Leadership Begins At The Bottom
Above photo: Grassroots Leadership.
Let’s be clear. A title does not make you a leader. Look at Capitol Hill.
Leadership begins in your home. You are the executive, manager, administrator, foot soldier, all wrapped up in one.
No President of the United States is responsible for a booming economy. The people are. People make businesses, employ people, produce products and services, and in turn support communities. This ripple effectuates the nation.
The President is the ambassador of the nation, and is the moral and ethical leader therein. The true change makers are the boots on the ground that makes the nation work.
A leader is supposed to have a vision. How many who populate the status quo do you know that has a vision for the masses of people and are actually doing the work to actualize it?
Kind of counterintuitive to what you have been taught, right? You always heard, leadership begins at the top. Wrong!
Have you ever gone to a town hall meeting, and you realize that the people in the audience know more than the panelists on stage?
I have attended hundreds of town hall meetings, conferences, summits, and other hierarchal structures in my short time on this planet. I go to the registration table, pick up my nametag, lanyard, brochure, skim through the agenda, grab some coffee and a pastry, and head to the plenary session.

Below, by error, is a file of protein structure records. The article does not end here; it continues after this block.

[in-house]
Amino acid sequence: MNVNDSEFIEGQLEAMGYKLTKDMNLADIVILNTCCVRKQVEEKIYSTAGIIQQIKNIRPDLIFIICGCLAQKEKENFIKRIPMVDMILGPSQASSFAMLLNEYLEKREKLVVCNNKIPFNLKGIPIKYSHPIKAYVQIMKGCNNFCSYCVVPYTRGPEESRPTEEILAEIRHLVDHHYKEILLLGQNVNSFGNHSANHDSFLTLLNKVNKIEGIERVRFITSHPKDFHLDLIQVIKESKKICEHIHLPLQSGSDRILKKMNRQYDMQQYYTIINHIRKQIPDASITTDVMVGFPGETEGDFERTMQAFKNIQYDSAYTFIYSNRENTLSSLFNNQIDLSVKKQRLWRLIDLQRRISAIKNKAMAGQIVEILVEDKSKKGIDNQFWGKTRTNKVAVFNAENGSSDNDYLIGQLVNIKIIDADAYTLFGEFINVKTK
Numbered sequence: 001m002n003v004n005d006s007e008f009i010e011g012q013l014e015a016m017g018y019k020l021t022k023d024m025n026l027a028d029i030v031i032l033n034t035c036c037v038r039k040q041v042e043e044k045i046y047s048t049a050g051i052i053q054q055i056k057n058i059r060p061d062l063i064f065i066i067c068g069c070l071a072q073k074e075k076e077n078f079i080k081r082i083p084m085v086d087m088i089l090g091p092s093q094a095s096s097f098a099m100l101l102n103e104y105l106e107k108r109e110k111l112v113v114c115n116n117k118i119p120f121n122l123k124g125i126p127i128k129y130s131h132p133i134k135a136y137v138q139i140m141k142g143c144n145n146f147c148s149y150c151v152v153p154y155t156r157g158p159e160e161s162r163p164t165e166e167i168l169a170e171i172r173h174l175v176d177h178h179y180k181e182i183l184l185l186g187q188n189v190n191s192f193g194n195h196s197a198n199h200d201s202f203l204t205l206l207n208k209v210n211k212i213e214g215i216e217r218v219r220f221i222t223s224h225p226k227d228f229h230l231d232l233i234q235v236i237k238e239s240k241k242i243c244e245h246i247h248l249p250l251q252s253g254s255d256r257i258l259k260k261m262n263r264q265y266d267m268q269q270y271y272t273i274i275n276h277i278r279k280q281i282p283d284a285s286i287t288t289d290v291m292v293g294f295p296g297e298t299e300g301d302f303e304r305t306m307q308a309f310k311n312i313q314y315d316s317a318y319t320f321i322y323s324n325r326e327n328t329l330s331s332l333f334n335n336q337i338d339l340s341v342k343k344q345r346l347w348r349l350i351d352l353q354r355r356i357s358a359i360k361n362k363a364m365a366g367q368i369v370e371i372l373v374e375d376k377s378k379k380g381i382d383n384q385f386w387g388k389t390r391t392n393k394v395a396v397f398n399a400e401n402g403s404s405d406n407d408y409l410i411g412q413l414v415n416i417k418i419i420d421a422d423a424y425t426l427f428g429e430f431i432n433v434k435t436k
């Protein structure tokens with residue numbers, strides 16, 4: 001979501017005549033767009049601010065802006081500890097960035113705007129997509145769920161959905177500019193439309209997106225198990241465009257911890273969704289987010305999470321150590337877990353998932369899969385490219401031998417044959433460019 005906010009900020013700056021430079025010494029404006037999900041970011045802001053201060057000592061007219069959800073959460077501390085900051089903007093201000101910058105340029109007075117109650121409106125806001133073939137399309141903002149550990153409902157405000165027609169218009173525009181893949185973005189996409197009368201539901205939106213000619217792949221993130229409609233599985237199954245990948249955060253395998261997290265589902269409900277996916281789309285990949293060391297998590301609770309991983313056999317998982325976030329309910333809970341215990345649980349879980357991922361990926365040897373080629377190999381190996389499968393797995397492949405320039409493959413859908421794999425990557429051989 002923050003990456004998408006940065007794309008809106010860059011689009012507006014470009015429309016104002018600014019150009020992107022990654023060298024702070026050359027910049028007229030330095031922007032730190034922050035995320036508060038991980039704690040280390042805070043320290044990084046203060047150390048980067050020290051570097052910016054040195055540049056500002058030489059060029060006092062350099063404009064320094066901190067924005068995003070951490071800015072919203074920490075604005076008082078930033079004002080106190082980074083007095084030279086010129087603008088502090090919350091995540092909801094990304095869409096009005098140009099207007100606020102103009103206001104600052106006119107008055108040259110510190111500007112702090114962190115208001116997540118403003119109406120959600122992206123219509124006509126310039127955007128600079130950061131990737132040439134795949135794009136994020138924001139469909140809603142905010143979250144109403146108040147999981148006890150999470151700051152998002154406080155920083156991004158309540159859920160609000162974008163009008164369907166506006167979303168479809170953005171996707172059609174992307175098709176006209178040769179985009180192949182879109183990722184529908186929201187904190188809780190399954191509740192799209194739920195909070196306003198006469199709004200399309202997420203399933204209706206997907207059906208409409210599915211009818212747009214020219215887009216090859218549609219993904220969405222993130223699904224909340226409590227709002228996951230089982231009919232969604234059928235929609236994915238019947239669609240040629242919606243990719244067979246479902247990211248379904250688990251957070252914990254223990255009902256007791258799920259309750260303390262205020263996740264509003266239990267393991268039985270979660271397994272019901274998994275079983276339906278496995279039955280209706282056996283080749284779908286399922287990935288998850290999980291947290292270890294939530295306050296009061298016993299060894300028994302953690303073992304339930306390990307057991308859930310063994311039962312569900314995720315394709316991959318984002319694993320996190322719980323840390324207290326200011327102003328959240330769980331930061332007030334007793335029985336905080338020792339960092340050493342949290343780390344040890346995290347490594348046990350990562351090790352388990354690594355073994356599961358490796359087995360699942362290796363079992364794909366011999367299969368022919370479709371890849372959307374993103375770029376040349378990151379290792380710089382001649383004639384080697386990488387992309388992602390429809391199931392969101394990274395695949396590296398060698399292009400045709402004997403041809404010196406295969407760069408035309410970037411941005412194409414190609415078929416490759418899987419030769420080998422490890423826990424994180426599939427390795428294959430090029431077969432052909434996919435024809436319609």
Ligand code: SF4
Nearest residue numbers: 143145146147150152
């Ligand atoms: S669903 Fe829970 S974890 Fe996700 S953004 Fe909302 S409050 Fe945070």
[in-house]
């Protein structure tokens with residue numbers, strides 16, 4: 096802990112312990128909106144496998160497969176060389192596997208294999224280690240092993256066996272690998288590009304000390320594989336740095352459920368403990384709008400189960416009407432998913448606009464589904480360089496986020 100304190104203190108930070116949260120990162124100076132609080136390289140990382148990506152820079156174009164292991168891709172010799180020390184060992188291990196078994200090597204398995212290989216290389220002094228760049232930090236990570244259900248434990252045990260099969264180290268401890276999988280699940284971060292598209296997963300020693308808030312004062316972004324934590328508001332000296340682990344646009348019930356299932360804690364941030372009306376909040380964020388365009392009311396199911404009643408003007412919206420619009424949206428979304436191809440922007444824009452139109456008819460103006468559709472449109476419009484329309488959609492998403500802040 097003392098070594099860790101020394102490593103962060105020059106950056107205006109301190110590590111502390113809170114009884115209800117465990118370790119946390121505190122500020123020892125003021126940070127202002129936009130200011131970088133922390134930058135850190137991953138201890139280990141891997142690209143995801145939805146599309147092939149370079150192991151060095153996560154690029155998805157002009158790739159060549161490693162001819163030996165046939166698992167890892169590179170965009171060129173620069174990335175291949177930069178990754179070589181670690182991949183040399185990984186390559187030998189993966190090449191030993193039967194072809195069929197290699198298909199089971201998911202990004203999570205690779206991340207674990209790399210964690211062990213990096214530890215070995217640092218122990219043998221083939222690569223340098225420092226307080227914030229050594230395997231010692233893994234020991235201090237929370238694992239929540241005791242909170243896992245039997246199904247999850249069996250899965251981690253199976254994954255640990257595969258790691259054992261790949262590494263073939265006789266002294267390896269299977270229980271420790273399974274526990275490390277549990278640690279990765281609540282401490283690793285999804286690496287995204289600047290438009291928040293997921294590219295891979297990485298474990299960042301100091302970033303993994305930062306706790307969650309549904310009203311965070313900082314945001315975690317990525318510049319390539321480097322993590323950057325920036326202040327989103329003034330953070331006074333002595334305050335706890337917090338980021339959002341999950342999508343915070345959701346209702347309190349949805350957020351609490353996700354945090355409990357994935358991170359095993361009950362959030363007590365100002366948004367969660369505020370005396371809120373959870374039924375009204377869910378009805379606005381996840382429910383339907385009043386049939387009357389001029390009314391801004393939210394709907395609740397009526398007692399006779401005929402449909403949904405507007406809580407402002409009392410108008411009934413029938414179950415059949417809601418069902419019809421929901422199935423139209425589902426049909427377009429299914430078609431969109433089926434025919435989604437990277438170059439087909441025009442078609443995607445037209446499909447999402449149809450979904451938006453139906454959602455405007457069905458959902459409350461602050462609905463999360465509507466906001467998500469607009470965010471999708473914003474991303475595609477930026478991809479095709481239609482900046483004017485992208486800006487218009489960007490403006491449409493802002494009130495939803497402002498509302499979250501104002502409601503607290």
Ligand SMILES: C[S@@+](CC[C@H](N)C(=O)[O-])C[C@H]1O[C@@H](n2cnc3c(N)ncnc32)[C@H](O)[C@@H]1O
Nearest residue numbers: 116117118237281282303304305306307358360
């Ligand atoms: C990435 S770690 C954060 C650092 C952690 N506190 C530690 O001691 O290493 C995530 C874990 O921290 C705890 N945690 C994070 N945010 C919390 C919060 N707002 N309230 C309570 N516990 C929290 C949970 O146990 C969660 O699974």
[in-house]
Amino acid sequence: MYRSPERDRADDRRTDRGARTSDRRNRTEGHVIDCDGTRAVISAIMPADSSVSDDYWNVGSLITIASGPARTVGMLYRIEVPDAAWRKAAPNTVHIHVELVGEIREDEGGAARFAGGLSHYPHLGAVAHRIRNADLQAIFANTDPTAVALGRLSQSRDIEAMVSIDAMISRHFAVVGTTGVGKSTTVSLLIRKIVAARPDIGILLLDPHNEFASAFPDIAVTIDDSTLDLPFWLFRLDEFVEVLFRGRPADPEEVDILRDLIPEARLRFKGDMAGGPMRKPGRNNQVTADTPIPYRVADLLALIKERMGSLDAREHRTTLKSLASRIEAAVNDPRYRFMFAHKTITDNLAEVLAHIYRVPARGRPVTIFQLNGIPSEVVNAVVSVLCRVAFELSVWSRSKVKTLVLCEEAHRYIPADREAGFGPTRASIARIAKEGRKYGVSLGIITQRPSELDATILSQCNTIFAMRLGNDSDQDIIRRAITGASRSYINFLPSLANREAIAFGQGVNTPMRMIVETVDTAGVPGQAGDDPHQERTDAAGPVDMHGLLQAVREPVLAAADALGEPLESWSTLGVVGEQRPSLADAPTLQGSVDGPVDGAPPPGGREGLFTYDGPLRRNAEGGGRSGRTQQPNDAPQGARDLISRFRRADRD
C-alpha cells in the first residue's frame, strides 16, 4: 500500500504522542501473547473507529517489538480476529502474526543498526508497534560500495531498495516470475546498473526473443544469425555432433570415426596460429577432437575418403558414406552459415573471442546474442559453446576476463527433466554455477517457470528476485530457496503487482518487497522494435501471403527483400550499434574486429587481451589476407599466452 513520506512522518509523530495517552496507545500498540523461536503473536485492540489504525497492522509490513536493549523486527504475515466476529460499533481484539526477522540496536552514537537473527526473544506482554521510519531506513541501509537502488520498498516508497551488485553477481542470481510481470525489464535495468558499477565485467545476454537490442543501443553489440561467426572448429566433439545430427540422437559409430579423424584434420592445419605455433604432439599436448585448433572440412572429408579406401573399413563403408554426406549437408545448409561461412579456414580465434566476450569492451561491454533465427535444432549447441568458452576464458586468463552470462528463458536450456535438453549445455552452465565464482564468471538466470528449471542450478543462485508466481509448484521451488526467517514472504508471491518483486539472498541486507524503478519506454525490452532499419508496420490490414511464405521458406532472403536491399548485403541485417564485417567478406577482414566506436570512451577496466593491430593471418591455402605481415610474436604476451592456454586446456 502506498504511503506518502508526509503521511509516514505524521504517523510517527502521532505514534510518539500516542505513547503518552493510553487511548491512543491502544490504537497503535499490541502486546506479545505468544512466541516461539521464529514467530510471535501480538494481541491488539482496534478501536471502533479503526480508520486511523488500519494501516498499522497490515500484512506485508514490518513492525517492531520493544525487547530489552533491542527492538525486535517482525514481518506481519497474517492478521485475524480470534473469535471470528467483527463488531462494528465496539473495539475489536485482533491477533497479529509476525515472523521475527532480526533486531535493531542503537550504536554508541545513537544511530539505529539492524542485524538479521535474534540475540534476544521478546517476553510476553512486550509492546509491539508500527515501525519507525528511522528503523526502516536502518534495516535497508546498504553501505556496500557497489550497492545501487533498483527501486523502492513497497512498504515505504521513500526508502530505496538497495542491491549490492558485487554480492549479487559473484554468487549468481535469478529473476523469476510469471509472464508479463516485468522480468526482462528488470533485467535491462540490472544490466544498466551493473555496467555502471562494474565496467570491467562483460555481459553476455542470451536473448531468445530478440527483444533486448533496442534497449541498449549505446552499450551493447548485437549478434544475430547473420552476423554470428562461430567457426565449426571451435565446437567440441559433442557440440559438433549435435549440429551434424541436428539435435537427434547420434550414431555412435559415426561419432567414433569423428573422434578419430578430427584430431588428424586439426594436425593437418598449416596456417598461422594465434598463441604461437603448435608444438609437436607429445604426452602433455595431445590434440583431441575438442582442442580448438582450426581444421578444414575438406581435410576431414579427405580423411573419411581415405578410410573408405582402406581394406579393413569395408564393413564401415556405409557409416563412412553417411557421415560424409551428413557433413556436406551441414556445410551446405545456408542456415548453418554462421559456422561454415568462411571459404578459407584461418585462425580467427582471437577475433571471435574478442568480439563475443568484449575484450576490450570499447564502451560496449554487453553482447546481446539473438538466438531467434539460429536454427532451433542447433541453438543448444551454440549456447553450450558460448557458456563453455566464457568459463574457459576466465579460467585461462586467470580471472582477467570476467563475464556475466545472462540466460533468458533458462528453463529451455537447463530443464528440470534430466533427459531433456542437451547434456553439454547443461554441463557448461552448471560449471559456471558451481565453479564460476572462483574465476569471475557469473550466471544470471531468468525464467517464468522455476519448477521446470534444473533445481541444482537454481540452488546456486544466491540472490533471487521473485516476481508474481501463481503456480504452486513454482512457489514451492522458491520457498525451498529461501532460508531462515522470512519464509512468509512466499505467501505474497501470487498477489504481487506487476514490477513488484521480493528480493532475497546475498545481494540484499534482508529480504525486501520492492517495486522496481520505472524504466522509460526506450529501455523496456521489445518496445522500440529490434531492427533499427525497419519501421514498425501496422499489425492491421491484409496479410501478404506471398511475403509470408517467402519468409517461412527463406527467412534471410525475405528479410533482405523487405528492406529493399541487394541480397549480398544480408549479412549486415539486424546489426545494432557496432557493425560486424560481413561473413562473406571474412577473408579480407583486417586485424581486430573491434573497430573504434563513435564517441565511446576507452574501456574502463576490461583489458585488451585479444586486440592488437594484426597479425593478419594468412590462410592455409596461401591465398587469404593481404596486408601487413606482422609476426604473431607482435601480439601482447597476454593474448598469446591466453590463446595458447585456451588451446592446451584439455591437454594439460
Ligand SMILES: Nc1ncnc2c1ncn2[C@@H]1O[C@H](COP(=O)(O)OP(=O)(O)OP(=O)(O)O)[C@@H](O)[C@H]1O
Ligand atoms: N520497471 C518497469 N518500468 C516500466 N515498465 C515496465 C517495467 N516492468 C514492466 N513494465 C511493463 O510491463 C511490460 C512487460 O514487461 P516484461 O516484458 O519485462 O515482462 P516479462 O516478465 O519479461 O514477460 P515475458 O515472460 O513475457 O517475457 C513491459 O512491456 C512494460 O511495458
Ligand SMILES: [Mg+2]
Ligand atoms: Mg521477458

I sit back and listen to the panelists, who at the behest of the moderator analyze whatever issue is being presented.
You’re with me on this, right? You sit there in the audience listening to them talk for most of the discussion about what you already know. After their amazingly long blah blah blah, the moderators turns to the audience and says, “Alright, we have about 10 minutes for questions and comments, but please make them brief.”
How infuriating, exasperating, and discouraged have you felt about this format, and why do we keep doing the same thing over and over again?
One clue is in the ending, which is essentially encapsulated in the question, “Where do we go from here?”
The answer is, the panelists do not know.
The cold hard reality is, the panelists either are experts in their field but do not make actionable policymaking decisions, are strict administrators and have their subordinates do the work, or they are politicians who are walking a political tightrope and dare not put forth anything that will make them un-electable.
And I say this of course omitting from culpability all the experts, administrators and politicians that you and I know intimately who have really done the work. The difference is, they have come up from the grassroots and built their leadership moxie, and are now using it in their respective fields.